THE PACE OF CHANGE IN THE WORLD—in technology, science, and the economy—is rapid, and it can be a challenge for policy to catch up. Nevertheless, it is crucial for public-sector leaders and policymakers to understand these changes and their consequences. This issue of HKS Magazine features stories about change—technological breakthroughs, the difficult evolution of a traditional industry, transitions in government administrations, and new ways of thinking about growth and development.

On the topic of technological advancement, you can read a series of essays by Harvard Kennedy School faculty members and alumni on various aspects of artificial intelligence—from the way AI might influence democracy, to opportunities for its use in sustainable urban development and criminal justice reform, to the implications for human rights.

Technological advances are also at play in the transformation of the news industry. This issue includes a story featuring faculty members who study the importance of bolstering local news as a form of “civic infrastructure,” along with alumni who work for newspapers and radio stations in cities across the United States, contributing to and innovating within the news ecosystem.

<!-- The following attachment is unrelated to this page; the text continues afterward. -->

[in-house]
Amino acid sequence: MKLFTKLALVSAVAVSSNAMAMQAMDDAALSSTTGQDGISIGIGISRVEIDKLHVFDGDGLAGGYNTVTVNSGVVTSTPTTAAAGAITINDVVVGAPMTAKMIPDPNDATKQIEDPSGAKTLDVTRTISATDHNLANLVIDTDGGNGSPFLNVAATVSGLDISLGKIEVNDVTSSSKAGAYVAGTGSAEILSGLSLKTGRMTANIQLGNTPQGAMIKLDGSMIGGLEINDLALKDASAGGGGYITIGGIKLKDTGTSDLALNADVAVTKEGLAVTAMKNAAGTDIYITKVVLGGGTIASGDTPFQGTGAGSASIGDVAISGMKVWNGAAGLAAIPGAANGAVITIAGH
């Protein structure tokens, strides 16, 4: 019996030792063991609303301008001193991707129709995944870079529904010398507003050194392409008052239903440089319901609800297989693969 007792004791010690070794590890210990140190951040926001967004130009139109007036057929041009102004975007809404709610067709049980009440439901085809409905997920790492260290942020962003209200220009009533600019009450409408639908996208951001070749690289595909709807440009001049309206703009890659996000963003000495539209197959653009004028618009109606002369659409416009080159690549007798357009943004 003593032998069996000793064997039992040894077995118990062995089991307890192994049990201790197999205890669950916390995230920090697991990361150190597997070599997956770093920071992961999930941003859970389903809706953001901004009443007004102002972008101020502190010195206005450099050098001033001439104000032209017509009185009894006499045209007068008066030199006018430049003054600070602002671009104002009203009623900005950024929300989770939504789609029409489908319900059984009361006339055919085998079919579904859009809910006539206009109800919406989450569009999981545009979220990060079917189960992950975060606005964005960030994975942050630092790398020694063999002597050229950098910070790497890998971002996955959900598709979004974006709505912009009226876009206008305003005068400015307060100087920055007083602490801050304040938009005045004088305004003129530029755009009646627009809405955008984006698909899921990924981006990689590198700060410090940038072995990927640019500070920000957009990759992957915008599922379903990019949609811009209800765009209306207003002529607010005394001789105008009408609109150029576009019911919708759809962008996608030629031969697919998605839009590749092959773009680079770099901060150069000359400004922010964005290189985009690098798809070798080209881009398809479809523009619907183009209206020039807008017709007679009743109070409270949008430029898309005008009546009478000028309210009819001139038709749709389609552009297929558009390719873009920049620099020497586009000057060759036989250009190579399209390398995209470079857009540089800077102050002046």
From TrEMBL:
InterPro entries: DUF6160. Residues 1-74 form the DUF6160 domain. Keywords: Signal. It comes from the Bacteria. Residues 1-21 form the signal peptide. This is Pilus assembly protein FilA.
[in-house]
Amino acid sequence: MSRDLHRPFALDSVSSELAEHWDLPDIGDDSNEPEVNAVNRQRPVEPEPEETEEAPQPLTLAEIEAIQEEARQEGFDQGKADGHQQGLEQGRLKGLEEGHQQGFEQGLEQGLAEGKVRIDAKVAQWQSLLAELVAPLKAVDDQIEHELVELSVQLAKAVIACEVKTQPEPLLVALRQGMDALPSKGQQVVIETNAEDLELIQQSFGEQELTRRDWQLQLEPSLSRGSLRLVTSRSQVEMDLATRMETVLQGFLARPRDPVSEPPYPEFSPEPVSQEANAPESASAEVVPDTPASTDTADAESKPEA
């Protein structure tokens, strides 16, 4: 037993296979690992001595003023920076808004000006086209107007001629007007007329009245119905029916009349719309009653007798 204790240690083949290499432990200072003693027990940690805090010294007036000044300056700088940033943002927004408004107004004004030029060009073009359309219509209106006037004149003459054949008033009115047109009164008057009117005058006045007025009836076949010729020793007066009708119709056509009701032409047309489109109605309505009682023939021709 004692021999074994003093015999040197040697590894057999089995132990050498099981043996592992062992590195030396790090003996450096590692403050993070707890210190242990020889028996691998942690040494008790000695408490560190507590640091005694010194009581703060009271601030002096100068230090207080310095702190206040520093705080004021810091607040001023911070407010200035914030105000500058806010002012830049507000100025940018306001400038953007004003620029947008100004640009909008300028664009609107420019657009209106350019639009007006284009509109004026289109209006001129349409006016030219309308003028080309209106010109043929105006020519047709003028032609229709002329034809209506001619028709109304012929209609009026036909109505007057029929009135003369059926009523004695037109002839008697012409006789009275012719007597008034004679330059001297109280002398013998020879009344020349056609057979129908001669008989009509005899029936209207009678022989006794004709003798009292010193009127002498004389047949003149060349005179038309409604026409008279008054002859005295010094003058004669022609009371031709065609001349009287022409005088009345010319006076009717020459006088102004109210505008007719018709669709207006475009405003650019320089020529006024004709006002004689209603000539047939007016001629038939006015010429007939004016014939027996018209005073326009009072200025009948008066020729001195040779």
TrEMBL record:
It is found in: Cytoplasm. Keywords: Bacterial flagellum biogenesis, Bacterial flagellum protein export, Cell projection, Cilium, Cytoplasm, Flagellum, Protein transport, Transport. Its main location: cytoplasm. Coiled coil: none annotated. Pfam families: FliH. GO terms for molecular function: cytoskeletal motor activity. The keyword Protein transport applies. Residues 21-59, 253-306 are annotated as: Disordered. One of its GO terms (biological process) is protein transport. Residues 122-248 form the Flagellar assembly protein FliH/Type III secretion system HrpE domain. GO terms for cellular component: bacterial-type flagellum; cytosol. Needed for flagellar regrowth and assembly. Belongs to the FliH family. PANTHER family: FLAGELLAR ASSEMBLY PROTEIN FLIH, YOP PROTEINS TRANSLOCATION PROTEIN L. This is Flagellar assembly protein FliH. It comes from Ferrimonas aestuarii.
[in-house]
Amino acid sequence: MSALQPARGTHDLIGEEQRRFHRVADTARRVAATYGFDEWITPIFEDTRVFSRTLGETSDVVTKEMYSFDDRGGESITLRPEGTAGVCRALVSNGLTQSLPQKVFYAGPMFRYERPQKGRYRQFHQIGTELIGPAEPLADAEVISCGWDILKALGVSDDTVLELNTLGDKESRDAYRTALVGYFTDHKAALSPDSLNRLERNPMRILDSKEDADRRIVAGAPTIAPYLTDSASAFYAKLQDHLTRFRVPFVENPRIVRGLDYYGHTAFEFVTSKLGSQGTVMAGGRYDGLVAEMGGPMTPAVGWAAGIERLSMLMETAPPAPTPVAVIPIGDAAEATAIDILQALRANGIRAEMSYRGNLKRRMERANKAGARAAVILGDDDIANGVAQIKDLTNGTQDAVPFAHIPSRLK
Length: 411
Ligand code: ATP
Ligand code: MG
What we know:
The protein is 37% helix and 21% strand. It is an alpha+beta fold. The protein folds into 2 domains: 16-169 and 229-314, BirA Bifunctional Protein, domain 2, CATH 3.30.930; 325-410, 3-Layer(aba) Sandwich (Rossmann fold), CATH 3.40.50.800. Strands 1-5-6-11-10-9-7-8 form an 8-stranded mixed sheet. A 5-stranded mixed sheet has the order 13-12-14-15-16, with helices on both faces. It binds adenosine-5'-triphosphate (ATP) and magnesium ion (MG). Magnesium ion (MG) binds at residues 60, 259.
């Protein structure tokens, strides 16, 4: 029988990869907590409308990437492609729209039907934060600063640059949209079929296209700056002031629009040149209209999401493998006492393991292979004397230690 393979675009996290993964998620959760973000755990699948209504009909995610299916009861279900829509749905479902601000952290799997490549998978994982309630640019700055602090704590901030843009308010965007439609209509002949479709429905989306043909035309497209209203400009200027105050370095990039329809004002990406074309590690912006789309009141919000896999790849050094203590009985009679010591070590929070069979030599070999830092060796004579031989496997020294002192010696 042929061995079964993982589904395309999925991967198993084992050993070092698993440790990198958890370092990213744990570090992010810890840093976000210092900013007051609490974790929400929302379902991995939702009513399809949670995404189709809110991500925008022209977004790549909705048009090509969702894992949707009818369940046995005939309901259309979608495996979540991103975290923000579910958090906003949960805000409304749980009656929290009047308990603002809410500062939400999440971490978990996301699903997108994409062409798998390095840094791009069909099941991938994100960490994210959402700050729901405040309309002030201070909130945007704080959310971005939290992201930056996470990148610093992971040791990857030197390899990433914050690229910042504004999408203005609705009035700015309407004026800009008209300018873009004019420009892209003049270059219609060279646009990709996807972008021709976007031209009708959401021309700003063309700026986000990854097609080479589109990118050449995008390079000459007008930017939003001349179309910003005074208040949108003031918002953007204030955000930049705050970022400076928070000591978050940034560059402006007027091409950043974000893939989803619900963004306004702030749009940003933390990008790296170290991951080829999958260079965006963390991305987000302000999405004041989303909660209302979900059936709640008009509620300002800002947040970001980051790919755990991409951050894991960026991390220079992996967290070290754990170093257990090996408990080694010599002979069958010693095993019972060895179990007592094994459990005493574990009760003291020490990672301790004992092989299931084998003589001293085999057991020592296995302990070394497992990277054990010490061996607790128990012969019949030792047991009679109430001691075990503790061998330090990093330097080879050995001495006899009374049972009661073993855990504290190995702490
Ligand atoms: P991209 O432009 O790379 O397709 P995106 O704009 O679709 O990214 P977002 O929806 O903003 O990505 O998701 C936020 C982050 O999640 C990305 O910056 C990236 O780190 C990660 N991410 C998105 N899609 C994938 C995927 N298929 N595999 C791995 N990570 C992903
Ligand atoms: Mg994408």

Concerning change within government, this issue also looks at Transition Term, a Kennedy School experiential learning program that gives students an opportunity to support mayoral and gubernatorial transition teams across the country and across the ideological spectrum. HKS students came up with the idea five years ago, and the program is growing and going strong.

Zooming out from the local and regional to the international: Our Center for International Development is at the forefront in thinking about how to renew approaches to development in countries across the world during a time of both promise and peril. This magazine includes a profile of the center’s director, Asim Ijaz Khwaja, the Sumitomo-FASID Professor of International Finance and Development, and his work to reimagine international development.

The world will always change, requiring new thinking and energy. Novel threats emerge, as do opportunities. But the people of the Kennedy School always rise to the challenge. I hope you enjoy reading their stories, as I did.


Dean Doug Elmendorf
Don K. Price Professor of Public Policy

Banner image: Dean Doug Elmendorf attends the Policy Analysis Exercise (PAE) showcase in April. Photo by Lydia Rosenberg.